I want to start with the definition we've used in this course for

financial sustainability for a company that sells things.

The basic condition that's required for financial sustainability is that

the quantity sold times the difference between the price and

the cost of each unit has to exceed the fixed costs of operating the business.

Put simply, P minus C, or price minus cost is the gross margin, that's how

much you make on each unit of product and the quantity sold is the quantity sold.

The quantity sold times your profit per unit,

that must exceed the fixed cost of operating the business.

If you can achieve that, then you can achieve financial sustainability for

the business.

In setting breakeven quantity, we simply turn that around and ask the question,

how many units would be required for us to cover our fixed cost, F?

That can be expressed by the expression, quantity Q,

breakeven quantity Q is equal to the fixed cost per unit period F

divided by the profit margin per unit sold, or P minus C.

Let me give you a numerical example to make that clear.

Let's imagine that it costs us $300,000 per year to operate the business.

These are the costs that don't vary with the quantity sold,

this is things like rent, advertising,

salaries we pay to the bookkeeper and to the marketing person.

Let's say that's $300,000 per year and

let's imagine that we sell these at a price of $25 and

that they cost us $13.44 to make.

That our breakeven quantity would be 300,000 divided by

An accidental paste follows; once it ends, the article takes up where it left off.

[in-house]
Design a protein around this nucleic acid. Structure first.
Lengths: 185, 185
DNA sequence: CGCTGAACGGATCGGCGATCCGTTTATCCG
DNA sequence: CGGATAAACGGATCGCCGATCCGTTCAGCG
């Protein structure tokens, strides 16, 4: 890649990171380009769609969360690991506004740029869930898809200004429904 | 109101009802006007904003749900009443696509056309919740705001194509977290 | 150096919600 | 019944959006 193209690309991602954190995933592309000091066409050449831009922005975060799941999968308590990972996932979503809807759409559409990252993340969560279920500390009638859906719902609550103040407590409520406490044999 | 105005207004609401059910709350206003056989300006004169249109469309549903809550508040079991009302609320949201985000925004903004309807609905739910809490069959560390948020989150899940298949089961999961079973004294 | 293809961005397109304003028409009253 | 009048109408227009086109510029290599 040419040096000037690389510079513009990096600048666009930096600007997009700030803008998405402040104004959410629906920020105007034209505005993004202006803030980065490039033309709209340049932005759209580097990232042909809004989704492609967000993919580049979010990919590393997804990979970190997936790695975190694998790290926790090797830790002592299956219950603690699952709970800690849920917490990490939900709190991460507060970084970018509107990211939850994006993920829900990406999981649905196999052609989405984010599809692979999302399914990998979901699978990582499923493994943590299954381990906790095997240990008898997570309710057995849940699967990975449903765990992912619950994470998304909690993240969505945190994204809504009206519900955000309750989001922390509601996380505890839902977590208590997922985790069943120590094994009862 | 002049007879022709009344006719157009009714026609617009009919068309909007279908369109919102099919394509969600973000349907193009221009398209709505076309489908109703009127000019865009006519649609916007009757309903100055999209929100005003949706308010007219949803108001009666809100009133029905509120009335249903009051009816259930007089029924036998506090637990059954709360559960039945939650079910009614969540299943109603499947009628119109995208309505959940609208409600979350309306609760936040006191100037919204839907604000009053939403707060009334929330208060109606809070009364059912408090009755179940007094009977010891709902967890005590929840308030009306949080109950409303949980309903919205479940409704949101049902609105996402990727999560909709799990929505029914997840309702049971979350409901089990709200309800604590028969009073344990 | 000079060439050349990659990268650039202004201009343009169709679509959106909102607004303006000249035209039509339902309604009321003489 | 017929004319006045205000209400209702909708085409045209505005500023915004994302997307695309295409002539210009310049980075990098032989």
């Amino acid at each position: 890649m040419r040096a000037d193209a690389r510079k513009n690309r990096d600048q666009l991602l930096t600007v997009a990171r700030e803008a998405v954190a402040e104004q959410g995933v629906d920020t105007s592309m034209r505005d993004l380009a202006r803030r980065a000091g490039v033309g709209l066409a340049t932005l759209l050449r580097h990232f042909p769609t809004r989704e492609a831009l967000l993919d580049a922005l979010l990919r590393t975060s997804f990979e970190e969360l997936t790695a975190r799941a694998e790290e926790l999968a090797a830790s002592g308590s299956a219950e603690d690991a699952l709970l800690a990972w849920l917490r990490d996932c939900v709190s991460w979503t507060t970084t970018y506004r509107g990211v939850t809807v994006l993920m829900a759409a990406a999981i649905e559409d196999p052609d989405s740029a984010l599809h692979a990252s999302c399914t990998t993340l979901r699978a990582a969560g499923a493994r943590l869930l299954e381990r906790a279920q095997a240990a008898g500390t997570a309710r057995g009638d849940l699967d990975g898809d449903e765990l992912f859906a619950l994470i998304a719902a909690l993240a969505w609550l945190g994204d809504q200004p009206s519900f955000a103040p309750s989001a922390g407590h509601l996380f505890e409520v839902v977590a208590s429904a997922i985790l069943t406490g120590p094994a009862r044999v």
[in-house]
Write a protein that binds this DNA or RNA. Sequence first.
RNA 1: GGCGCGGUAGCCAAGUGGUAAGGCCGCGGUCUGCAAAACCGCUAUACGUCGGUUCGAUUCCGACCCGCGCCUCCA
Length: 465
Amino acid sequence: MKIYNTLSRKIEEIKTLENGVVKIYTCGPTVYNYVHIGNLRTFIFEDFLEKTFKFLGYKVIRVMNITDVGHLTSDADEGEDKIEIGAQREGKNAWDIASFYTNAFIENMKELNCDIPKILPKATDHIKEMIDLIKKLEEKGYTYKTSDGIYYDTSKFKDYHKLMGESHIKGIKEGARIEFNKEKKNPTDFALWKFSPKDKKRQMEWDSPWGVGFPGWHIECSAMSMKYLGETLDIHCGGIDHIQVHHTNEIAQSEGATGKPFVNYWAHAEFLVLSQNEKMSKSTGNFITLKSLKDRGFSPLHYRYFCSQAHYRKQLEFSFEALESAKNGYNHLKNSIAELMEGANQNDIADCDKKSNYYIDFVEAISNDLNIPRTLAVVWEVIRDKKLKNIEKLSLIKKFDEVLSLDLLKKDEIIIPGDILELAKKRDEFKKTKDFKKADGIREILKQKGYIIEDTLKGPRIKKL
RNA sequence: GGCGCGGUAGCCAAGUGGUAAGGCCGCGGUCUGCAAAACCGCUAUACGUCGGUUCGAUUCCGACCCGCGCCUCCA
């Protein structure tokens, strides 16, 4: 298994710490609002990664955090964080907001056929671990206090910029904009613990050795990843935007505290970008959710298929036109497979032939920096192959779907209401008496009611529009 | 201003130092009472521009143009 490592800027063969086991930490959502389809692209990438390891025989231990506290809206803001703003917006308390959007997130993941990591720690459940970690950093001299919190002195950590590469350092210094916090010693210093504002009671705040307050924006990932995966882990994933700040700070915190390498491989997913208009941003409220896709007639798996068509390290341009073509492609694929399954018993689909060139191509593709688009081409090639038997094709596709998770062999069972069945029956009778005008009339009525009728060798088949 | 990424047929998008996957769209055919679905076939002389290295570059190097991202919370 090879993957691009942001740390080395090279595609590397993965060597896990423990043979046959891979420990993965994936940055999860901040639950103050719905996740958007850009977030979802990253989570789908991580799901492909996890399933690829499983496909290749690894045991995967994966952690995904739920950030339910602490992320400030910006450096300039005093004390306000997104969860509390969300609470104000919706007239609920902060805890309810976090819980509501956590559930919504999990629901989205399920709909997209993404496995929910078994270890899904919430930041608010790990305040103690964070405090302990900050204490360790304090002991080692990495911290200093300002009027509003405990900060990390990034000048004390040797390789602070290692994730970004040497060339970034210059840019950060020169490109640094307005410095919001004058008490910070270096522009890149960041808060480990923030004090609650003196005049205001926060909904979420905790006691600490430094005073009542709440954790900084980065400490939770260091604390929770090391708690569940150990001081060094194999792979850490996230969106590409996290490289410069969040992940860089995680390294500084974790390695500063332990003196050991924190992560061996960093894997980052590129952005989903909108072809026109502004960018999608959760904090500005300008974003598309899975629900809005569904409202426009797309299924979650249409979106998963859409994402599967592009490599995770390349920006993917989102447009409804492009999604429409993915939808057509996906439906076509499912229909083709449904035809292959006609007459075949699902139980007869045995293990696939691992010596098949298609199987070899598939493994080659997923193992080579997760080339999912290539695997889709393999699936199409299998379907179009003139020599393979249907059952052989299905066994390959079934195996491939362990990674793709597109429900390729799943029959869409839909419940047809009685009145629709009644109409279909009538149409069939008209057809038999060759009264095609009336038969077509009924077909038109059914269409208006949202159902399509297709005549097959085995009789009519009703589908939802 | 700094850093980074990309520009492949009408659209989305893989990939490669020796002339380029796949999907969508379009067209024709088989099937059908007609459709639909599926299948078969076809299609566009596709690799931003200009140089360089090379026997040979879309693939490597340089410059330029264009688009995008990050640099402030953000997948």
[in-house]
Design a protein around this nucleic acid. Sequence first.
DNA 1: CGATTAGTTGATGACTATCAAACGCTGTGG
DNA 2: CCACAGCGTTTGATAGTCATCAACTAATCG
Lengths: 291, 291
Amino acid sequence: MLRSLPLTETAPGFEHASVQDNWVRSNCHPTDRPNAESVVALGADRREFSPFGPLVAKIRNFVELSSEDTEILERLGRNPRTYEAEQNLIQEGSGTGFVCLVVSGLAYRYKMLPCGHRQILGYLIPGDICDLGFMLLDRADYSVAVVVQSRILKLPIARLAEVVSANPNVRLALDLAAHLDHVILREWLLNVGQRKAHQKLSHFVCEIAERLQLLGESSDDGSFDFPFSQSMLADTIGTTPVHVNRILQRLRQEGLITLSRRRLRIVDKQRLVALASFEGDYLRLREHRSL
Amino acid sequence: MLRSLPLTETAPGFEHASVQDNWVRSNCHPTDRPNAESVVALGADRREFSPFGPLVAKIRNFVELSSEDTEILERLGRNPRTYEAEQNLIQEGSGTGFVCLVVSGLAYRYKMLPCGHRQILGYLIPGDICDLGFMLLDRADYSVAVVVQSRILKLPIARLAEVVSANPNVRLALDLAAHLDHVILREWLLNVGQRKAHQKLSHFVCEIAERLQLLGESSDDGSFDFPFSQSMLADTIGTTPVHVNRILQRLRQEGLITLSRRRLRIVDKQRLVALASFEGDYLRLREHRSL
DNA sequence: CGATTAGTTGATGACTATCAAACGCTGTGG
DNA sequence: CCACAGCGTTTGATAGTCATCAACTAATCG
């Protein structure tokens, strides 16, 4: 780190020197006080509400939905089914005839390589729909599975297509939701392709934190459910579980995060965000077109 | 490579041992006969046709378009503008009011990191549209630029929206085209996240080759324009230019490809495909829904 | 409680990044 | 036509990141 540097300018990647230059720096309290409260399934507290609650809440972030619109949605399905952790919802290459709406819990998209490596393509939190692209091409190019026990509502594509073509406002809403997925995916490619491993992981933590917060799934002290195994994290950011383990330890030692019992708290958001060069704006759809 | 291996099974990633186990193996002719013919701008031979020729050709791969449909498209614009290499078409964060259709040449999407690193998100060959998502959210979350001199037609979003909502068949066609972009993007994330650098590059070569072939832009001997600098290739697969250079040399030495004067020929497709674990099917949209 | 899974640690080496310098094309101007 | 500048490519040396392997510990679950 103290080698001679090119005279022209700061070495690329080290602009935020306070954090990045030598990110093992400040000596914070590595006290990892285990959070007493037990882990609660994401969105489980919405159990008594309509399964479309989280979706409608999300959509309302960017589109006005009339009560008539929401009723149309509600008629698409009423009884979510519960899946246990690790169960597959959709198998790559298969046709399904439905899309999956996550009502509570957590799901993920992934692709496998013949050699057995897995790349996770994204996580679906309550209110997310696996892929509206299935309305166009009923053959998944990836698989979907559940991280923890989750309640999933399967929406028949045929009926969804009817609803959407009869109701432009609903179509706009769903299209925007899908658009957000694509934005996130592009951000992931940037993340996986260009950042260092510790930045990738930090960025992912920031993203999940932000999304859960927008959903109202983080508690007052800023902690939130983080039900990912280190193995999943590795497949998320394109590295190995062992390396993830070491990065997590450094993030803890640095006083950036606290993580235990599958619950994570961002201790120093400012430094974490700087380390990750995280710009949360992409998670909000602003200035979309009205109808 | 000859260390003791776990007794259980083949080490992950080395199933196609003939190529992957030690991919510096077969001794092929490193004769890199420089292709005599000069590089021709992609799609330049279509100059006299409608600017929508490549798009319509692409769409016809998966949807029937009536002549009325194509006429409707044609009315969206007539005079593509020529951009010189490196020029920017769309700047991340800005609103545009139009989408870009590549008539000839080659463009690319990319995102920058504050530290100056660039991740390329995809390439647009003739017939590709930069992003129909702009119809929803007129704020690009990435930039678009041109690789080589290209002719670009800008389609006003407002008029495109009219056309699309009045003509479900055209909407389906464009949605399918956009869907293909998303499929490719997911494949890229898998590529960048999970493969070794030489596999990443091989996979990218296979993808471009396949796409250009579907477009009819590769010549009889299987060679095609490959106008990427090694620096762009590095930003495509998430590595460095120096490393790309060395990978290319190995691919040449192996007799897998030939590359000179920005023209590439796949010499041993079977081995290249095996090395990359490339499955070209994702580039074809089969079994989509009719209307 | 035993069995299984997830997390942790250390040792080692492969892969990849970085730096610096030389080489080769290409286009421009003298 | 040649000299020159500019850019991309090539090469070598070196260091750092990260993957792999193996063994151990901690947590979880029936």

the difference between $25, our price, and 13.44, our cost.

If you do that arithmetic, it comes out to 25,952 units per year or

more typically, it's expressed monthly, so it'd be 2,163 units per month.

The breakeven analysis simply says,

we have to sell a little bit more than 2,000 units per month,

about 2,200 units per month in order to cover the nut, in order to breakeven.

Now if you don't sell a product and

instead sell a service, then with recurring revenues and

recurring customers, then you think about it just a little bit differently.

I'm also an investor in a company called Gridium that sells software to companies

that manage commercial office buildings and they sell it on a subscription basis.

They have a couple of different subscription plans but

some of them cost $79 a month, some of them cost $150 per month.

It's essentially the same analysis but

instead of asking how many transactions do we need to have per month,

you ask how many customers do we have to have in our system,

on our system, subscribing to our service to cover the fixed cost?

So, a very similar kind of analysis,

I don't think you'll have any trouble doing it.

But I do want to point out that it's a little bit different for recurring

services like you see in software service businesses or in other kinds of services.

Now, there are some issues in breakeven analysis.

It's fairly useful as a way to just test your intuition

of how much business would we really have to do to sustain

a company of the size we're imagining this business to be?

It's good for calibrating your intuition around the feasibility of a new business

but it does assume a fixed level of spending.

It assumes that F, in fact, is fixed but those costs aren't really fixed.

Those costs are the results of a managerial decision

based on how big you think the company can be, how much resource you think you're

going to need over the coming months in order to support that business.

The breakeven calculations are probably best framed as, if we were

this size of an organization, if we made this kind of commitment to rent and to

payroll and to advertising, how many units would we have to sell to cover the nut?

How many units would we have to sell to breakeven, to cover those fixed costs?